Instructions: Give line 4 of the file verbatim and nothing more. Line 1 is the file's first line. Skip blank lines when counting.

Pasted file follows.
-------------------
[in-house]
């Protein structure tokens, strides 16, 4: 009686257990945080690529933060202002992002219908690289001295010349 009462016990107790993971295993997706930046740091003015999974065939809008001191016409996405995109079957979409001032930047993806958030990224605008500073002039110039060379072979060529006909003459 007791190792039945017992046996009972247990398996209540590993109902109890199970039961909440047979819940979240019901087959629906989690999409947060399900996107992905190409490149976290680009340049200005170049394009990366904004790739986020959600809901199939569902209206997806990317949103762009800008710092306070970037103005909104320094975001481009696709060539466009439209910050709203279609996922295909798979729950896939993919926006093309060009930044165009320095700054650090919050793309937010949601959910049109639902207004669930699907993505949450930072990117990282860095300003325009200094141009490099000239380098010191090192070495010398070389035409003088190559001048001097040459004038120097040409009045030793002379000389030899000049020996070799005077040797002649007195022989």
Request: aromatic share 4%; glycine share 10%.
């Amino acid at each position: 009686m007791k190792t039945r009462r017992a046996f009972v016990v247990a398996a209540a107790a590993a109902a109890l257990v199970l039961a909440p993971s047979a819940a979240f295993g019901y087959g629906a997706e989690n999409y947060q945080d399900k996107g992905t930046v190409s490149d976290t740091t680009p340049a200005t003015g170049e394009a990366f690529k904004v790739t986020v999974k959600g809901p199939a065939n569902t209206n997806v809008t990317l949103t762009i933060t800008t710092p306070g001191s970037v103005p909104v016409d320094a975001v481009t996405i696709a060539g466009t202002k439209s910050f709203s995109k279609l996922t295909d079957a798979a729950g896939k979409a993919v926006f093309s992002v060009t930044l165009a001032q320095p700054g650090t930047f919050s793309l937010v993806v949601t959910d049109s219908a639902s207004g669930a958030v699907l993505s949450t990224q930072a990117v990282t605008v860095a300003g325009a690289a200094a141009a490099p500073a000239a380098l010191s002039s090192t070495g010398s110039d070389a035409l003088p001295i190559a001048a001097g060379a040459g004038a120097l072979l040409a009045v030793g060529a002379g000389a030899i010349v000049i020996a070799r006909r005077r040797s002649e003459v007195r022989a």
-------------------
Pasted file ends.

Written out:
């Amino acid at each position: 009686m007791k190792t039945r009462r017992a046996f009972v016990v247990a398996a209540a107790a590993a109902a109890l257990v199970l039961a909440p993971s047979a819940a979240f295993g019901y087959g629906a997706e989690n999409y947060q945080d399900k996107g992905t930046v190409s490149d976290t740091t680009p340049a200005t003015g170049e394009a990366f690529k904004v790739t986020v999974k959600g809901p199939a065939n569902t209206n997806v809008t990317l949103t762009i933060t800008t710092p306070g001191s970037v103005p909104v016409d320094a975001v481009t996405i696709a060539g466009t202002k439209s910050f709203s995109k279609l996922t295909d079957a798979a729950g896939k979409a993919v926006f093309s992002v060009t930044l165009a001032q320095p700054g650090t930047f919050s793309l937010v993806v949601t959910d049109s219908a639902s207004g669930a958030v699907l993505s949450t990224q930072a990117v990282t605008v860095a300003g325009a690289a200094a141009a490099p500073a000239a380098l010191s002039s090192t070495g010398s110039d070389a035409l003088p001295i190559a001048a001097g060379a040459g004038a120097l072979l040409a009045v030793g060529a002379g000389a030899i010349v000049i020996a070799r006909r005077r040797s002649e003459v007195r022989a």